No Agreement Yet on House Immigration Reform Bill

A child holds an American flag at the pro-immigration reform rally at the National Mall on Sunday, March 21, 2010 in Washington, D.C. |

Members of an eight-member bipartisan group in the U.S. House of Representatives praised the recently unveiled immigration reform proposal of their counterparts in the Senate on Wednesday and said they expected to release a "reasonable, common-sense plan" of their own in a matter weeks.

In a joint statement, a first for the group, the congressmen said they are focused on developing an immigration bill that will help America stay strong.

"This week, a bipartisan group of Senators stepped forward to introduce their proposal, and we applaud their effort," they said. "We are also working on a good faith, bipartisan effort in the House. We believe we will soon agree on a reasonable, common-sense plan to finally secure our borders and strengthen our economy, with a tough but fair process that respects the rule of law so immigrants can contribute to our country."

The group includes Reps. Xavier Becerra (D-Calif.), Zoe Lofgren (D-Calif.), Mario Diaz-Balart (R-Fla.), Raúl Labrador (R-Idaho), Luis Gutiérrez (D-Ill.), John Yarmuth (D-Ky.), Sam Johnson (R-Texas) and John Carter (R-Texas).

"Americans want to see the nation's broken immigration system fixed, and they know it will take bipartisanship to solve this problem in a sensible and rational way … While we have made substantial progress, we continue to work diligently towards a bill that keeps America strong, competitive and true to our values," they said in the statement.

In a follow-up discussion on Wednesday, Congressman Gutierrez' director of communication, Douglas Rivlin, told The Christian Post that while there are some differences in the two proposals, they both follow the same basic structure.

"The basic structure is very similar, in that there is border security, e-verify, legalization, the Dream Act folks are gonna be treated pretty well," said Rivlin.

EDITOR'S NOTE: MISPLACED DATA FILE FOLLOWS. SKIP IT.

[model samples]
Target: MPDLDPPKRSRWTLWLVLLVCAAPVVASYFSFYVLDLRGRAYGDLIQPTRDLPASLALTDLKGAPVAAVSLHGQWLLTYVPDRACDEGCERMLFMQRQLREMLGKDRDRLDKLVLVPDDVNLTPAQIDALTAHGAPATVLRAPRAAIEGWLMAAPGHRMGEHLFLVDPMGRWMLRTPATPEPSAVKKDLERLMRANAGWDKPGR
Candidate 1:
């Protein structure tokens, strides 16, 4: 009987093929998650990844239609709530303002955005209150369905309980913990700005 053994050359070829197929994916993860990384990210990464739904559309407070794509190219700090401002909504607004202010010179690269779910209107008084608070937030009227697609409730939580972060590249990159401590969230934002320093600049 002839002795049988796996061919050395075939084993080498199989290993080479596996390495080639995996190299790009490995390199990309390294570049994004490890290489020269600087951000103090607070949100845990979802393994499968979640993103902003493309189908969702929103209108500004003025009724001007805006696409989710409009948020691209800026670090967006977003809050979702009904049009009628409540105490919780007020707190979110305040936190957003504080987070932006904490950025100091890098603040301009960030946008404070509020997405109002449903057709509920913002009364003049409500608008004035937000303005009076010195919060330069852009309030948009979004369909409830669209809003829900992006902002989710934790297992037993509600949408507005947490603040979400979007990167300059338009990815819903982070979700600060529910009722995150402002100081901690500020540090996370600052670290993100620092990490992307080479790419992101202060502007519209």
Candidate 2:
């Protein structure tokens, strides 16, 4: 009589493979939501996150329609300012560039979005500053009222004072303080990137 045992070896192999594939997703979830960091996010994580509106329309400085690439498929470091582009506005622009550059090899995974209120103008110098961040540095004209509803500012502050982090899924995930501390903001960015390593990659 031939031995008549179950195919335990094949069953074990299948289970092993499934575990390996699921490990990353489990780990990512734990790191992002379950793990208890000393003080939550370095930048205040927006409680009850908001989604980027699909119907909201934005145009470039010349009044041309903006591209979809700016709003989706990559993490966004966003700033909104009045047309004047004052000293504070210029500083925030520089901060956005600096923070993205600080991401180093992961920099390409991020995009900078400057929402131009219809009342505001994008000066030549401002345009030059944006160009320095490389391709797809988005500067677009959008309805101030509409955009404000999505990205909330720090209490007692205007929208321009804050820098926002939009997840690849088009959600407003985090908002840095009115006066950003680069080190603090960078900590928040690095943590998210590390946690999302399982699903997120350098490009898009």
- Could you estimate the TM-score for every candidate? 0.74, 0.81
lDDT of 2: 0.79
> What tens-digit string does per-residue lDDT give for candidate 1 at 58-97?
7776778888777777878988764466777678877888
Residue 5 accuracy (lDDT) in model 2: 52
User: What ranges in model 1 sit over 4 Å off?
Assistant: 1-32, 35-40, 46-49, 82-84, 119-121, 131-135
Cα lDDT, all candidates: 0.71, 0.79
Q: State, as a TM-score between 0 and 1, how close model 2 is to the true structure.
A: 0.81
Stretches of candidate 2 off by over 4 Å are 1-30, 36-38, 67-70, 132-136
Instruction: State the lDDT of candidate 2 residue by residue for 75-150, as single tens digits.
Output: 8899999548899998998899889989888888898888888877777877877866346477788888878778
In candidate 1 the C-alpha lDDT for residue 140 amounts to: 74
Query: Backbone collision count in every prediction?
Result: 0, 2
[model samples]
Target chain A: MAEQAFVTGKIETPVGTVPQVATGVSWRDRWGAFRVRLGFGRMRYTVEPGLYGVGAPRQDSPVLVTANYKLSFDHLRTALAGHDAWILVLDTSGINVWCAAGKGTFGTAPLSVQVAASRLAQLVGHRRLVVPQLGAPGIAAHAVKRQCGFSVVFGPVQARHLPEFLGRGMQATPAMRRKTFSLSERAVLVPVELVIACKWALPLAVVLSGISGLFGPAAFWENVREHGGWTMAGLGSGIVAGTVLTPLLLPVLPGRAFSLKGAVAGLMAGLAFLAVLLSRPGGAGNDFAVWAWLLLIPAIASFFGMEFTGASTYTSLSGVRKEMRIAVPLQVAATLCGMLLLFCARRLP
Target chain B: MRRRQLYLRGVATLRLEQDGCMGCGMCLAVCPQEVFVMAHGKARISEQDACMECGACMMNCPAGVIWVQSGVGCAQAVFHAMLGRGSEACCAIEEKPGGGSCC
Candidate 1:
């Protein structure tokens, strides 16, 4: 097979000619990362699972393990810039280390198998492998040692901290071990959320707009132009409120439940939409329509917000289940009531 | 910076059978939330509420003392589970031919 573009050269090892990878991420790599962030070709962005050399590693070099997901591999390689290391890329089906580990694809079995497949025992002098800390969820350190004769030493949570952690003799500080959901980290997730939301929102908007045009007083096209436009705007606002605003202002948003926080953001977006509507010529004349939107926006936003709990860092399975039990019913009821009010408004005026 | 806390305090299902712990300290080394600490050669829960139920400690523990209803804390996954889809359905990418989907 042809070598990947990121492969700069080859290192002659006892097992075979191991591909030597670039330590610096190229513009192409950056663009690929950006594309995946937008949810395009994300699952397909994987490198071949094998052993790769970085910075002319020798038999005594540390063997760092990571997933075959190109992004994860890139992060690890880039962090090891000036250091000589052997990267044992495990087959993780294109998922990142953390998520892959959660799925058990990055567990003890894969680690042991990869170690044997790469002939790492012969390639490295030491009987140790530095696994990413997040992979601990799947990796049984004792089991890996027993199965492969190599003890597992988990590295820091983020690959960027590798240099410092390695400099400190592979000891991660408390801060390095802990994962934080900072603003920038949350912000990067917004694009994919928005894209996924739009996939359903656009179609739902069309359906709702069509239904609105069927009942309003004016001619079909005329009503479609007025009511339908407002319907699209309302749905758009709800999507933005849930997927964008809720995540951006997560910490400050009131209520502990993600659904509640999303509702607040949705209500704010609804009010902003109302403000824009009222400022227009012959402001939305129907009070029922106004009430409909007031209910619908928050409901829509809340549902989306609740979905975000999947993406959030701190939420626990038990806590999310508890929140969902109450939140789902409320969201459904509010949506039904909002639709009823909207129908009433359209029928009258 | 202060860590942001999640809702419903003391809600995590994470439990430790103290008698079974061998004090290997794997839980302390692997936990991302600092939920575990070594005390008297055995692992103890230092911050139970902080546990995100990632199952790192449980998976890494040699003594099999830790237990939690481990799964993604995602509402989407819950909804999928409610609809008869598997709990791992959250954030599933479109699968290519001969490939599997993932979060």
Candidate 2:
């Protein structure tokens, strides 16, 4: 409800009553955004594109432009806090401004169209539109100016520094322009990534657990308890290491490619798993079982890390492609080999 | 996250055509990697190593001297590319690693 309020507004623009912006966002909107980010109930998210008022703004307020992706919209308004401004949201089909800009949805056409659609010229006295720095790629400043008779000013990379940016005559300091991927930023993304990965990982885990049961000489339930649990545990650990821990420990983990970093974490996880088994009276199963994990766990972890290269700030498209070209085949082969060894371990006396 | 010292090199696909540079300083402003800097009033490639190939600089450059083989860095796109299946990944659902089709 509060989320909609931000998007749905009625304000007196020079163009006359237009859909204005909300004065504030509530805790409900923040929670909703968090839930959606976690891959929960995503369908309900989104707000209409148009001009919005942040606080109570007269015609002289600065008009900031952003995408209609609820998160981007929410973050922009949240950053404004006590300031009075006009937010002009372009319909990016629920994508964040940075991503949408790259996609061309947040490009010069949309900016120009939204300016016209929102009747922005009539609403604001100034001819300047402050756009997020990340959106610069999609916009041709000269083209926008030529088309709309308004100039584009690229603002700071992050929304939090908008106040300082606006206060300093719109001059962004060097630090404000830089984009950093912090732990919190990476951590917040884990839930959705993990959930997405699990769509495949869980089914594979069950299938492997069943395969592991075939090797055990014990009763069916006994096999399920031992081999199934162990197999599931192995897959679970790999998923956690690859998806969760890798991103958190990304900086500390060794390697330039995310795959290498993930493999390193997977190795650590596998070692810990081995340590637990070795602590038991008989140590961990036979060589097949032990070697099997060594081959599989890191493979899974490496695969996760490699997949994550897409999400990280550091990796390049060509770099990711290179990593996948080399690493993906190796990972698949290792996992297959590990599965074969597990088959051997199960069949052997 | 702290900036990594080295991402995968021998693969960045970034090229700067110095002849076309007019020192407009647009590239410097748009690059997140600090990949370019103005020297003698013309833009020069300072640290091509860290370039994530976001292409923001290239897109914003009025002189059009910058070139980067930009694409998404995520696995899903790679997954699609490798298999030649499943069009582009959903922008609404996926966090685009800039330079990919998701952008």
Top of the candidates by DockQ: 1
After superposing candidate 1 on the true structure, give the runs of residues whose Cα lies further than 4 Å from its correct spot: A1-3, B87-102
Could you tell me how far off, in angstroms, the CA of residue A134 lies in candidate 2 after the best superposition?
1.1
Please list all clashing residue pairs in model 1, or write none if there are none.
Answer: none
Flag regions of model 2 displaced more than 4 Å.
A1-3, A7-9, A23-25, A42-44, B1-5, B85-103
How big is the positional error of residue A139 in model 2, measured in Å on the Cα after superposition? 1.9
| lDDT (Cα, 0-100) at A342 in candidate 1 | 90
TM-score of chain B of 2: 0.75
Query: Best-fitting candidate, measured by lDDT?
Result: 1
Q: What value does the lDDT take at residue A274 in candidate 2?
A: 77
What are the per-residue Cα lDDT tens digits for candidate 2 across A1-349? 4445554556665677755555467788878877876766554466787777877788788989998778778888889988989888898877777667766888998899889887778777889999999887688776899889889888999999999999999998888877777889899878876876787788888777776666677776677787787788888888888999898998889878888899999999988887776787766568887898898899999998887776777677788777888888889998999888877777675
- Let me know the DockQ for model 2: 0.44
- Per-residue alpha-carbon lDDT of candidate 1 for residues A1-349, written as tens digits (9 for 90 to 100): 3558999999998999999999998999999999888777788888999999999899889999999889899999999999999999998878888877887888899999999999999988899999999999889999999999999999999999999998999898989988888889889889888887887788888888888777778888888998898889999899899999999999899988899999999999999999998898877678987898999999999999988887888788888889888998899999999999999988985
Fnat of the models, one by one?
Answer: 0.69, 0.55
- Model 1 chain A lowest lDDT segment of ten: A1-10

"Other folks it might take longer for them to get full permanent status. There are some differences in terms of being able to get permanent status if you're coming here initially as a temporary worker but for the most part the basic outlines of the Senate bill is similar to what the House is contemplating," he added.

He said the group is trying to agree on aspects of their proposal that cover questions like what is the right mix of family and work visas and backlogs in the current immigration system.

"They are meeting every day and think that in the next couple of weeks, maybe three or four weeks, they may be able to introduce a bill and as the congressman said in looking at the summary of the Senate bill, we are all on the same planet," said Rivlin.

In a sweeping overhaul representing the most significant change to immigration law in at least the last 26 years, key features of a bill crafted by the bipartisan group of eight senators revealed a 13-year pathway to citizenship for almost 11 million undocumented immigrants this week.

President Barack Obama endorsed the proposal on Tuesday.

"I urge the Senate to quickly move this bill forward and, as I told Senators Schumer and McCain, I stand willing to do whatever it takes to make sure that comprehensive immigration reform becomes a reality as soon as possible," Obama said in a statement, after meeting two members of the Senate group, Sen. John McCain, a Republican from Arizona, and Charles Schumer, a Democrat from New York.

"This bill is clearly a compromise, and no one will get everything they wanted, including me," said Obama. "But it is largely consistent with the principles that I have repeatedly laid out for comprehensive reform."

Contact: Follow Leonardo Blair on Twitter: @leoblair Follow Leonardo Blair on Facebook: LeoBlairChristianPost

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